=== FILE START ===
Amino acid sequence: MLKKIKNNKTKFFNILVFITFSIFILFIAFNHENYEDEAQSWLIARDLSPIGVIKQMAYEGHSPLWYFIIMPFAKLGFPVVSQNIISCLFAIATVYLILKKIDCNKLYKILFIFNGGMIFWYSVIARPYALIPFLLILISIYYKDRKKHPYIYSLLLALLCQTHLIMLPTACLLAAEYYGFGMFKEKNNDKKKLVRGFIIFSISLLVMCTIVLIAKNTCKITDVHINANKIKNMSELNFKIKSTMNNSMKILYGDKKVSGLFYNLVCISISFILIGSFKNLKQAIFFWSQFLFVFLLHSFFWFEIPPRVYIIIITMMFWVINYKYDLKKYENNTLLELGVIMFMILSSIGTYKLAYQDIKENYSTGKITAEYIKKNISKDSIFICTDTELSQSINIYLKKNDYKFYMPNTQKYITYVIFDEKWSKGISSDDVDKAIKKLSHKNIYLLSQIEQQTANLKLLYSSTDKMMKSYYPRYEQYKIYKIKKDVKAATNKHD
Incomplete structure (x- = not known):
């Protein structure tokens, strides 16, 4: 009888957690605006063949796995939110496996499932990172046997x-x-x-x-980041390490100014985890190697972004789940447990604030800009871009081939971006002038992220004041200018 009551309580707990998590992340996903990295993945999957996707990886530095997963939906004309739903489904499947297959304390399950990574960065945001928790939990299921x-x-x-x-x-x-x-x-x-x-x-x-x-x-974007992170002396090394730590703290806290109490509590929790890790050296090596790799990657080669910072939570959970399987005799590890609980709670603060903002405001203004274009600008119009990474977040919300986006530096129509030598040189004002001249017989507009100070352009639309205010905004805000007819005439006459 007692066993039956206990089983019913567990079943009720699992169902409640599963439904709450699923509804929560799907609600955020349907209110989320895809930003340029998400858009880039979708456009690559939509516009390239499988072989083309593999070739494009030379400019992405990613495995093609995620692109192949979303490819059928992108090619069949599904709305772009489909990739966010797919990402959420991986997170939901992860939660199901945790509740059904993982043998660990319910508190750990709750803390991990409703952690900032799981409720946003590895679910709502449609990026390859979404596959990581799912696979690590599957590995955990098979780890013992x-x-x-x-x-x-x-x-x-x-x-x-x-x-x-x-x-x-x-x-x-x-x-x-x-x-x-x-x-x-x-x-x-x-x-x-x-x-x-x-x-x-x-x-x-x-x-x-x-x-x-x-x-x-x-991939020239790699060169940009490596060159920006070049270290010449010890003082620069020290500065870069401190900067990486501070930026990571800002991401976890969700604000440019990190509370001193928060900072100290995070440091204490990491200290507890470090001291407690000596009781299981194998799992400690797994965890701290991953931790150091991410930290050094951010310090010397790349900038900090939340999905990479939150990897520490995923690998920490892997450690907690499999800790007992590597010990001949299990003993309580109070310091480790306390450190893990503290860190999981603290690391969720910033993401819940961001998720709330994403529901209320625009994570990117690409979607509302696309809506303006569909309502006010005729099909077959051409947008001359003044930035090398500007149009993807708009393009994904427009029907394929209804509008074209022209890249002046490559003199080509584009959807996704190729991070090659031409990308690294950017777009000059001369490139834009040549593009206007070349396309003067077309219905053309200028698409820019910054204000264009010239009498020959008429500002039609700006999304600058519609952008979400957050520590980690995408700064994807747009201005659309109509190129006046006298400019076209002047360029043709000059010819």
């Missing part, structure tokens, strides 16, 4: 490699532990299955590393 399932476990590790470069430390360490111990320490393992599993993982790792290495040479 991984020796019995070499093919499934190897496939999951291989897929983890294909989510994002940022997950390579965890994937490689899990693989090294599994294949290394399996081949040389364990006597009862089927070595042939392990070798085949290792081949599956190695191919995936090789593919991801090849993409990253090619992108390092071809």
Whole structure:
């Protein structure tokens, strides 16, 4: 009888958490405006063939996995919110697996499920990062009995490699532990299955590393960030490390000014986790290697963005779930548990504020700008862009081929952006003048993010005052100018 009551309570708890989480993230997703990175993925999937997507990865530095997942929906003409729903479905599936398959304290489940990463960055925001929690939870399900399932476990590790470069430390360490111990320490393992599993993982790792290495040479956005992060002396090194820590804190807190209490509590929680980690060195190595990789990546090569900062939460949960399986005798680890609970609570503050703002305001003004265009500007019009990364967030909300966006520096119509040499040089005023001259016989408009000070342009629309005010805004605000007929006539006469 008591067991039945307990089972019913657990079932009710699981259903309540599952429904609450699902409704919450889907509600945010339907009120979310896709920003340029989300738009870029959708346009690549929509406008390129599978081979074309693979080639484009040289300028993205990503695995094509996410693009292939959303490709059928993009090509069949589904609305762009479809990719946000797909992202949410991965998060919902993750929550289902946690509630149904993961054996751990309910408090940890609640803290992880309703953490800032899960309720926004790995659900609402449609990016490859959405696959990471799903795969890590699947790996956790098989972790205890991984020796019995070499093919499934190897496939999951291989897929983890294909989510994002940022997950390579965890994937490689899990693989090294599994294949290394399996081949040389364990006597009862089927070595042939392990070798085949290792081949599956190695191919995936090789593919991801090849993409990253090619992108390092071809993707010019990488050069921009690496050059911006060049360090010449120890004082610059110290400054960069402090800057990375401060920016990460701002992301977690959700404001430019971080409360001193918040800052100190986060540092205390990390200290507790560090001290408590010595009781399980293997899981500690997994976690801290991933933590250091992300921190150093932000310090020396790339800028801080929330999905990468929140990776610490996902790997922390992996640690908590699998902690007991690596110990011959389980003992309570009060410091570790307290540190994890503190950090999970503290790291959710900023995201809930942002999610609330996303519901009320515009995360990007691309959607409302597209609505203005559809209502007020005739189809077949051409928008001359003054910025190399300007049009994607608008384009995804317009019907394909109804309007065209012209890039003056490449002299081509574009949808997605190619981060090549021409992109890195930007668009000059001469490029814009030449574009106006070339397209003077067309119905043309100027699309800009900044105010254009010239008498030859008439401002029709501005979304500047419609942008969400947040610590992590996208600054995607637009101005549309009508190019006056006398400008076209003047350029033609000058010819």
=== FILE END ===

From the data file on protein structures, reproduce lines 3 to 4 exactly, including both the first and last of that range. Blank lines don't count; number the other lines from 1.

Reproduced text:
């Protein structure tokens, strides 16, 4: 009888957690605006063949796995939110496996499932990172046997x-x-x-x-980041390490100014985890190697972004789940447990604030800009871009081939971006002038992220004041200018 009551309580707990998590992340996903990295993945999957996707990886530095997963939906004309739903489904499947297959304390399950990574960065945001928790939990299921x-x-x-x-x-x-x-x-x-x-x-x-x-x-974007992170002396090394730590703290806290109490509590929790890790050296090596790799990657080669910072939570959970399987005799590890609980709670603060903002405001203004274009600008119009990474977040919300986006530096129509030598040189004002001249017989507009100070352009639309205010905004805000007819005439006459 007692066993039956206990089983019913567990079943009720699992169902409640599963439904709450699923509804929560799907609600955020349907209110989320895809930003340029998400858009880039979708456009690559939509516009390239499988072989083309593999070739494009030379400019992405990613495995093609995620692109192949979303490819059928992108090619069949599904709305772009489909990739966010797919990402959420991986997170939901992860939660199901945790509740059904993982043998660990319910508190750990709750803390991990409703952690900032799981409720946003590895679910709502449609990026390859979404596959990581799912696979690590599957590995955990098979780890013992x-x-x-x-x-x-x-x-x-x-x-x-x-x-x-x-x-x-x-x-x-x-x-x-x-x-x-x-x-x-x-x-x-x-x-x-x-x-x-x-x-x-x-x-x-x-x-x-x-x-x-x-x-x-x-991939020239790699060169940009490596060159920006070049270290010449010890003082620069020290500065870069401190900067990486501070930026990571800002991401976890969700604000440019990190509370001193928060900072100290995070440091204490990491200290507890470090001291407690000596009781299981194998799992400690797994965890701290991953931790150091991410930290050094951010310090010397790349900038900090939340999905990479939150990897520490995923690998920490892997450690907690499999800790007992590597010990001949299990003993309580109070310091480790306390450190893990503290860190999981603290690391969720910033993401819940961001998720709330994403529901209320625009994570990117690409979607509302696309809506303006569909309502006010005729099909077959051409947008001359003044930035090398500007149009993807708009393009994904427009029907394929209804509008074209022209890249002046490559003199080509584009959807996704190729991070090659031409990308690294950017777009000059001369490139834009040549593009206007070349396309003067077309219905053309200028698409820019910054204000264009010239009498020959008429500002039609700006999304600058519609952008979400957050520590980690995408700064994807747009201005659309109509190129006046006298400019076209002047360029043709000059010819």
């Missing part, structure tokens, strides 16, 4: 490699532990299955590393 399932476990590790470069430390360490111990320490393992599993993982790792290495040479 991984020796019995070499093919499934190897496939999951291989897929983890294909989510994002940022997950390579965890994937490689899990693989090294599994294949290394399996081949040389364990006597009862089927070595042939392990070798085949290792081949599956190695191919995936090789593919991801090849993409990253090619992108390092071809």